Monitoring Woodlands for Climate Impacts

Climate, Forests and Woodlands August 02, 2013 Print Friendly and PDF

A forest in northern Ohio.
Figure 1. Monitoring your forest starts with walking through it.

Written by Eli Sagor, University of Minnesota

Importance of forest health monitoring

Early detection of new local forest health threats will be important. A changing climate will make trees and woodlands more stressed, and that stress will make them more vulnerable to widespread mortality from insect and disease threats.

Because the specific insects and diseases likely to invade are not always known, it's important that woodland owners carefully monitor conditions in their woods. In addition, attention must be paid to the encroachment of other plant species, whether native or exotic, as these species will compete with established trees and plants. This will come naturally to most woodland owners. As a group, they're deeply committed to land stewardship.

The last thing they want to do is be a source of problems for their neighbors. If, for whatever reason, a new insect or disease outbreak first becomes established on their properties, they'll want to nip it in the bud rather than allowing it to spread onto neighboring properties.

Here's what to watch for:

  1. Signs of stress. Warming temperatures are likely to stress trees that are adapted to cooler conditions. Depending on how local conditions change, stress may manifest itself differently in different stands. Where conditions are hotter and drier, trees may experience reduced growth, some dieback high in the crown, and early fall leaf color change. Where conditions are wetter, dieback is less likely, but growth will still be reduced. These changes will affect trees of different ages and species differently.
  2. Evidence of new insect and disease outbreaks. New outbreaks may have more intense and widespread effects where woodlands are in a stressed condition. If you see evidence of stress, look closely for signs of insect and disease outbreaks. Different insects and diseases are present in different areas, so you'll need to familiarize yourself with the major threats in your area. For example, gypsy moth and emerald ash borer are both moving throughout eastern forests. At the leading edges of these invasions, landowners need to report new outbreaks quickly to slow the spread and contain new outbreaks.
  3. Invasive plants. New exotic invasive species will further disrupt normal ecosystem function, exacerbating climate-related changes. Many invasive species like garlic mustard and buckthorn can thrive under a wide variety of conditions. Some native tree species can only thrive under a relatively narrow range of conditions. Changing climate may displace some natives, creating growing space that will be filled by invasives.

What to do if you find a new outbreak

The first thing you should do is identify the insect or disease that you're seeing. The two best sources of help in identifying insects, diseases, and invasive species are your local Cooperative Extension office and the nearest office of your state's natural resource agency. Some states have insect and disease diagnostic Web sites that can help. To find diagnostic Web sites, try using a search engine for terms like tree, forest, insect, disease, diagnostic, identification, and the name of your state.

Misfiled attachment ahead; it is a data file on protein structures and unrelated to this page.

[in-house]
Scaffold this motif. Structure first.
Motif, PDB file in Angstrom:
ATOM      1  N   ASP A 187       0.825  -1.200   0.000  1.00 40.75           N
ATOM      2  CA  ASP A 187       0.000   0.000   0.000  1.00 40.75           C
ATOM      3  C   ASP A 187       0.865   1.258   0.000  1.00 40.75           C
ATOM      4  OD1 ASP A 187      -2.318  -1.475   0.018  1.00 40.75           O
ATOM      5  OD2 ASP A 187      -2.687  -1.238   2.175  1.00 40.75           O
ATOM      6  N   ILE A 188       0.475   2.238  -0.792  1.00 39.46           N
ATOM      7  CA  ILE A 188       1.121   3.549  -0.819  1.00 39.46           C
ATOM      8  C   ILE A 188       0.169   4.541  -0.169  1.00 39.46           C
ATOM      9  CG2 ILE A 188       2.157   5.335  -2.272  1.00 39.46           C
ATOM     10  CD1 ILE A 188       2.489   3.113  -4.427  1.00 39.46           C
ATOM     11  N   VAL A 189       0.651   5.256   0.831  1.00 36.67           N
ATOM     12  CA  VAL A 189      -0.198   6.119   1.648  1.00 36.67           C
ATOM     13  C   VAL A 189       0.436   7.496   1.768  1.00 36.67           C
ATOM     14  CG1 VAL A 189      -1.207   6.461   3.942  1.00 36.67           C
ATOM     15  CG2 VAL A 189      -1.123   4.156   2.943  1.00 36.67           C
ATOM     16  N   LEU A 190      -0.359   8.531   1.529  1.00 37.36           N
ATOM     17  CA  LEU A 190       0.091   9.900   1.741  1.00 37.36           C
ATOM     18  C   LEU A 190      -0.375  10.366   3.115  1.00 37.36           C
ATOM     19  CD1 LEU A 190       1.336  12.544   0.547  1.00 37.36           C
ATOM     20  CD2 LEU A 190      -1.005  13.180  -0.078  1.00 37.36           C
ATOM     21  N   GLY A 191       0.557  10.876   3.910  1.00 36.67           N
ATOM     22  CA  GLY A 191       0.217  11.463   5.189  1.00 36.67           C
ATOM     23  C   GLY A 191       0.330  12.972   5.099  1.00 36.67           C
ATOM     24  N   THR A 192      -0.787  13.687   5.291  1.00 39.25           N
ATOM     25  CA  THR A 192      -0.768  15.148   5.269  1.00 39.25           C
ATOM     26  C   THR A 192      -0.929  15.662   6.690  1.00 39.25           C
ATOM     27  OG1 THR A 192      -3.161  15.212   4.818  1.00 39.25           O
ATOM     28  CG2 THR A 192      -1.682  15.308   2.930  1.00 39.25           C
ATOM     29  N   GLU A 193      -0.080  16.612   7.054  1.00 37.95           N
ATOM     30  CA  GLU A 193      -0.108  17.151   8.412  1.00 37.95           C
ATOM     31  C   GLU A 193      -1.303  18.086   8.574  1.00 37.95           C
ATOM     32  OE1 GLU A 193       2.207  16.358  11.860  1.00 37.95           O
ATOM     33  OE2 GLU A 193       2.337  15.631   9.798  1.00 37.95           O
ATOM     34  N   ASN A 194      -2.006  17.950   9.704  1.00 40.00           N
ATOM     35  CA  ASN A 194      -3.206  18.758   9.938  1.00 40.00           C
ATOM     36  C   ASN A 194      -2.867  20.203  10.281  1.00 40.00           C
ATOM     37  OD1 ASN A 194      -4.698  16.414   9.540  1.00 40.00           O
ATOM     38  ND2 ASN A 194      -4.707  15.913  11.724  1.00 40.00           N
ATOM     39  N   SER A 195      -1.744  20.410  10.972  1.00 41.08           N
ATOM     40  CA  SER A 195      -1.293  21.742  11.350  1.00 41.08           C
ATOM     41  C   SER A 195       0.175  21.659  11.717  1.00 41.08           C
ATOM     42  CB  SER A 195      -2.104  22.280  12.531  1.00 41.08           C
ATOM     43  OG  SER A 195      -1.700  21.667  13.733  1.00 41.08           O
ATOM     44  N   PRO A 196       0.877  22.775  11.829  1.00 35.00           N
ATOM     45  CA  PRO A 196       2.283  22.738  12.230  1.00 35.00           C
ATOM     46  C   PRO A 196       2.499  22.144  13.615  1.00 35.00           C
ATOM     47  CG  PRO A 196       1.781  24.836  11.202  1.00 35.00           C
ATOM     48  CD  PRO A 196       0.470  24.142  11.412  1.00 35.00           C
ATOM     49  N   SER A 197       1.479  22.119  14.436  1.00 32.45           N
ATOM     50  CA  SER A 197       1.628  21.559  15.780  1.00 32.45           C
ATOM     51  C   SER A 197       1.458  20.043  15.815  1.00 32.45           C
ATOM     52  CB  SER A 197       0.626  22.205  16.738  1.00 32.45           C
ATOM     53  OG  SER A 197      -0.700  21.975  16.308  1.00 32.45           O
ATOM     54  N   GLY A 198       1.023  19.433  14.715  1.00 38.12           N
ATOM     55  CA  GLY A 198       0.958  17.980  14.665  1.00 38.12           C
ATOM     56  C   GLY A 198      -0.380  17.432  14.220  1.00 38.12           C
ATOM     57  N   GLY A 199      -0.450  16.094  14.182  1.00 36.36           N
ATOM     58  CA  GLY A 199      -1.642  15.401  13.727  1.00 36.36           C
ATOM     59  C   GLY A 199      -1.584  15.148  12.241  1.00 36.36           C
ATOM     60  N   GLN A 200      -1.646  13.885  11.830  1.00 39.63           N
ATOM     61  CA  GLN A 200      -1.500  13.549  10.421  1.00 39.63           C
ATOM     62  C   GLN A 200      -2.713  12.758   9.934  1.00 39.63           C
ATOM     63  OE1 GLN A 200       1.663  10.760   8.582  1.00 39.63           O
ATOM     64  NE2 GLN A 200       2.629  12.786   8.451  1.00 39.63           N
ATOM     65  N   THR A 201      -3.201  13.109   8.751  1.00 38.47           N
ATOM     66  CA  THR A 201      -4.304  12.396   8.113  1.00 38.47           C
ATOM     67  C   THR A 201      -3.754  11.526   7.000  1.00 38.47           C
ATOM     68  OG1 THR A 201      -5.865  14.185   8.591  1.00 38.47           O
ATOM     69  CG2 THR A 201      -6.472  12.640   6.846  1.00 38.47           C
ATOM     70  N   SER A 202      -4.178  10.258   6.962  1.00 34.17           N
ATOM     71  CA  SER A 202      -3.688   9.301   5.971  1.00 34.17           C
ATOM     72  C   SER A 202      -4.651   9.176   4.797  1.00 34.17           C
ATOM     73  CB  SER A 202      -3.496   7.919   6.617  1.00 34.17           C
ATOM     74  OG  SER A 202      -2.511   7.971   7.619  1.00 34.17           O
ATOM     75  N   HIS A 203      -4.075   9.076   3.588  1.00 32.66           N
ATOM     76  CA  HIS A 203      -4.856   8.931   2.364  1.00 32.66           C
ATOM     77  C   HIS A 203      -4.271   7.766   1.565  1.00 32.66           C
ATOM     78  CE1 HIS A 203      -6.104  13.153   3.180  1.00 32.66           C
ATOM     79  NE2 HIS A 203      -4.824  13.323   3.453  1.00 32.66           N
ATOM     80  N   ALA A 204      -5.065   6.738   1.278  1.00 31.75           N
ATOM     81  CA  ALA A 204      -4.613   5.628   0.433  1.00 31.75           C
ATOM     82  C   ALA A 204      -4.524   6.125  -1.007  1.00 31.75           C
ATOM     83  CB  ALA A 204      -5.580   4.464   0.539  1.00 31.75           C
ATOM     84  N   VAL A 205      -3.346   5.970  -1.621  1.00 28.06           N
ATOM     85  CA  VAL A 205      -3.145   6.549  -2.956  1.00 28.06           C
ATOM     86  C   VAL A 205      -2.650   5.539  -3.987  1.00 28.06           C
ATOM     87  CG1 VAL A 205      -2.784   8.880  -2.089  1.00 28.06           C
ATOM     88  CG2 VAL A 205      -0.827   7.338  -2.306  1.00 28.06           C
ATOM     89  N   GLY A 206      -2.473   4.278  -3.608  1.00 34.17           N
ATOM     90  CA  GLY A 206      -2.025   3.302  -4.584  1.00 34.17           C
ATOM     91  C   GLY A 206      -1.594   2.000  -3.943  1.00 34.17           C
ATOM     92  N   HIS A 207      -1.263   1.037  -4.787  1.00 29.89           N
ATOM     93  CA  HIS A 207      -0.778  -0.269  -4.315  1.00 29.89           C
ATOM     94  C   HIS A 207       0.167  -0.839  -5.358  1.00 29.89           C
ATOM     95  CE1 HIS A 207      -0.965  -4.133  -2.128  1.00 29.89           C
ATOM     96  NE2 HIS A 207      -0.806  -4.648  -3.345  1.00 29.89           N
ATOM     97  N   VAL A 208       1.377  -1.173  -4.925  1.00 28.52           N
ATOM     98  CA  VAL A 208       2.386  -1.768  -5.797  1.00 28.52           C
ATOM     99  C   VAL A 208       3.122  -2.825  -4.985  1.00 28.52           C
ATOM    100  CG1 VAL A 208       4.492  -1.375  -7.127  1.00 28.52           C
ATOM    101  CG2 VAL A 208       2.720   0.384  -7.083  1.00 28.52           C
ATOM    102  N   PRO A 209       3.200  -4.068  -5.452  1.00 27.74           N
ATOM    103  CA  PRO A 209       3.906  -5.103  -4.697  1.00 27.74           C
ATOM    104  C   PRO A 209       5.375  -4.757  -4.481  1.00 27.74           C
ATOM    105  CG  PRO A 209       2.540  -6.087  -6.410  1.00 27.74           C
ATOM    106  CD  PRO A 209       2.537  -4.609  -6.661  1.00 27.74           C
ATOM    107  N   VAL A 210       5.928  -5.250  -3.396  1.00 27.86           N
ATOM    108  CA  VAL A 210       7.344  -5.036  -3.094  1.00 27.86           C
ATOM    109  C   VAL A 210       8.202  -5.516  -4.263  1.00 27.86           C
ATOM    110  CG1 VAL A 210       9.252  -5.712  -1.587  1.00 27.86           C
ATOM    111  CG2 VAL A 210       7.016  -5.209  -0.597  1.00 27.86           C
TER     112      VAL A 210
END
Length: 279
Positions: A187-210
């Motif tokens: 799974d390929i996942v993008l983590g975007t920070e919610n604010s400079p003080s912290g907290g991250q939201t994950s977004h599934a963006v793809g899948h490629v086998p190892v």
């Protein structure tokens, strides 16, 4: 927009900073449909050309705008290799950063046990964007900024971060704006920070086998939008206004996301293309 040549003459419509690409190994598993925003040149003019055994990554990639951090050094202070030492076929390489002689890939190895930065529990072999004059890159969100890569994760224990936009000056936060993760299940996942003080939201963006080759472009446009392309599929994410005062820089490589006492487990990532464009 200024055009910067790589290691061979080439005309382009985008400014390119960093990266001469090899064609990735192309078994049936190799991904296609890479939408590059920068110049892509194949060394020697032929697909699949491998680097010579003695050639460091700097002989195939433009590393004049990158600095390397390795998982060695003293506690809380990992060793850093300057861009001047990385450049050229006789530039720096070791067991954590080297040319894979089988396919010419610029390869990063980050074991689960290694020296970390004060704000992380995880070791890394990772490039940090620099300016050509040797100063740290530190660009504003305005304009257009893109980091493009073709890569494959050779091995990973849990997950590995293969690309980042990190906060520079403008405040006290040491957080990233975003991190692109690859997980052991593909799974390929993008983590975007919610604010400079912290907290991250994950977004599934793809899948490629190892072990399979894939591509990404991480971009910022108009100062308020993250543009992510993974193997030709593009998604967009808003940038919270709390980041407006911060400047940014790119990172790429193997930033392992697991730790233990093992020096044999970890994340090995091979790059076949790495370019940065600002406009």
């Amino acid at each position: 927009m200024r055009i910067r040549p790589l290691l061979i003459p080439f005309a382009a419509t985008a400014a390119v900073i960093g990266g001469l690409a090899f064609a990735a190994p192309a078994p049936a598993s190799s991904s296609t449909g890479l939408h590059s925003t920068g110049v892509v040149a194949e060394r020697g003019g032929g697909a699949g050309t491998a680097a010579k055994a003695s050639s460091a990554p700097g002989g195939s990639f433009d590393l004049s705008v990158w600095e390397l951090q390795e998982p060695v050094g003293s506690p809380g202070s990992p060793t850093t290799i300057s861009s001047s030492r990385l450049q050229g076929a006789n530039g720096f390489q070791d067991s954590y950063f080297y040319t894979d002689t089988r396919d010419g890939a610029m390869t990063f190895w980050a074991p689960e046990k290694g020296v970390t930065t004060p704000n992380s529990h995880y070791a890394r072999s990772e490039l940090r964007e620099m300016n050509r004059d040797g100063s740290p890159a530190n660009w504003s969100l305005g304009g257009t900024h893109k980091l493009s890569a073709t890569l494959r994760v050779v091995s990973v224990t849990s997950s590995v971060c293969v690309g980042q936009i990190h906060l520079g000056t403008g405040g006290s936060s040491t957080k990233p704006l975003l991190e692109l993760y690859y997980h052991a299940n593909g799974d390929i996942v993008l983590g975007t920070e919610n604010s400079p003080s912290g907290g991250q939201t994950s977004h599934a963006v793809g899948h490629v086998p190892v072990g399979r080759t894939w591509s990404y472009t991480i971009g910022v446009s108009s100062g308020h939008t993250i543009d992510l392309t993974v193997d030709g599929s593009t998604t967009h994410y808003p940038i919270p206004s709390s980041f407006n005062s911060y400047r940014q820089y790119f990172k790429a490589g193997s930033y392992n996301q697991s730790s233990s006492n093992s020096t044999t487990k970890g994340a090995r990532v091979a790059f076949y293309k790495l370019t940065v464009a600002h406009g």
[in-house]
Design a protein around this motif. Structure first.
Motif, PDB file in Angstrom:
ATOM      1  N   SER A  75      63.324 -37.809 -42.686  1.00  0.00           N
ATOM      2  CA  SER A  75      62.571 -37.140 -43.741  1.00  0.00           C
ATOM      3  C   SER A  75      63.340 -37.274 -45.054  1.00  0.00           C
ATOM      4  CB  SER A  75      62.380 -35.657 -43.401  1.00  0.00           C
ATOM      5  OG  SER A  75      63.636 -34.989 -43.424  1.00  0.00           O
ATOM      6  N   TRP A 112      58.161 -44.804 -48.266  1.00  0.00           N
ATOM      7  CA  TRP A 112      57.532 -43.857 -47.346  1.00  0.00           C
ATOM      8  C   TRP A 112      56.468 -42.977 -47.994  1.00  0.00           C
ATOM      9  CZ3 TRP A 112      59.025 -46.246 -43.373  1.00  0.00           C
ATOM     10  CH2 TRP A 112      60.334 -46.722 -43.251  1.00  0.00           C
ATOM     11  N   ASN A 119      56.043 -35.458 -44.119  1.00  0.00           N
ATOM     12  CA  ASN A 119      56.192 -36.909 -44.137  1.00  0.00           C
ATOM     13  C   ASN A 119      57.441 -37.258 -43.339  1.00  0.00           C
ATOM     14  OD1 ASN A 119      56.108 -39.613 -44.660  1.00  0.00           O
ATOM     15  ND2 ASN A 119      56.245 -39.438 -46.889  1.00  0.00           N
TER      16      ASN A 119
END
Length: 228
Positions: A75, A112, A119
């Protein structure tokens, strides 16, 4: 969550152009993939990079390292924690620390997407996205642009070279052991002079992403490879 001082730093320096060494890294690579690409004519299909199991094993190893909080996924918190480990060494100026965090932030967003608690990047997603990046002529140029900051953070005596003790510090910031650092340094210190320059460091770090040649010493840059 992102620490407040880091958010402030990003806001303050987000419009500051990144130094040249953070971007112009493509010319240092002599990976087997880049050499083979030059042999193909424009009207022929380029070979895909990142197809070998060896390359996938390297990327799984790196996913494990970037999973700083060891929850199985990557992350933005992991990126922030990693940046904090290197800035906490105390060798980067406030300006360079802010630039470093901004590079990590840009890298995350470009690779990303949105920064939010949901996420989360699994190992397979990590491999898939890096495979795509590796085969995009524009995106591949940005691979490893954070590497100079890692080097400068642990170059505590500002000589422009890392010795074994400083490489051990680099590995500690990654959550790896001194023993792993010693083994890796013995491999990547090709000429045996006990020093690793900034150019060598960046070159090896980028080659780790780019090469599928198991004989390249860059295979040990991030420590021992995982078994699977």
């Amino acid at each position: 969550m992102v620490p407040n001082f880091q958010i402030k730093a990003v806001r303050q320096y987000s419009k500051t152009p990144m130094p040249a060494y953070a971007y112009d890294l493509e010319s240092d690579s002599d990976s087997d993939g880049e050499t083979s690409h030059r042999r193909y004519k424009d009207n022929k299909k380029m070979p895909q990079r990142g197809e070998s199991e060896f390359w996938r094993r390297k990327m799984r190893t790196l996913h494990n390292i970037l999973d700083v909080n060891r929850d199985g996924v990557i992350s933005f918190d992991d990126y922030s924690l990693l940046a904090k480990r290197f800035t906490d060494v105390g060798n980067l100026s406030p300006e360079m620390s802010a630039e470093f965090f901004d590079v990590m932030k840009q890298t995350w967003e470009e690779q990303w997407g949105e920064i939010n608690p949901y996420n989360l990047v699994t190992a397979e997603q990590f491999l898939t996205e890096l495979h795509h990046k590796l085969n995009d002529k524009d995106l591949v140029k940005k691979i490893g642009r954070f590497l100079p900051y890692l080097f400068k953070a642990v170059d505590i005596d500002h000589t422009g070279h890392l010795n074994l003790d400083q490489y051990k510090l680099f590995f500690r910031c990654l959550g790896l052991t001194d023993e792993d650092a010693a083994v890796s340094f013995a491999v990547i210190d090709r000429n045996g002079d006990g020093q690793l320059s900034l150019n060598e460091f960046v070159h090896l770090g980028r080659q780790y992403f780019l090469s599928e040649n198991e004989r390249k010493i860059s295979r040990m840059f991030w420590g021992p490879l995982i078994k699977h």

Once you know what insect or disease you're dealing with, learn more about it. Is it likely to kill trees or just weaken them? Most defoliating insects, for instance, rarely kill trees despite the alarming appearance of a defoliated stand. If the threat you've found is likely to kill trees and spread to adjacent stands, what are your control options? If you're successful, how likely is a repeat infestation next year?

You'll obviously want to balance the priority of controlling new threats to your woodland's health with the expense and likelihood of long-term success. Be aware that in some states and in some years, cost-share assistance may be available to help eradicate woodland stands infested with certain insect and disease threats. Your local Cooperative Extension or state natural resource agency is the best point of contact for more information.

Frequent monitoring is so important because the earlier you catch most outbreaks, the cheaper they will be to control and the greater your chance of long-term success.

In summary

As the owners of about 60% of the nation's productive woodlands, families and individuals have an important opportunity and responsibility. Careful forest health monitoring and prompt action to deal with emerging forest health threats will help landowners become part of the solution rather than a source of forest health problems for their neighbors.


Related to Monitoring Woodlands for Climate Impacts:

Connect with us

  • Twitter
  • Facebook

Welcome

This is where you can find research-based information from America's land-grant universities enabled by eXtension.org

LOCATE

USDA / NIFA

This work is supported by the USDA National Institute of Food and Agriculture, New Technologies for Ag Extension project.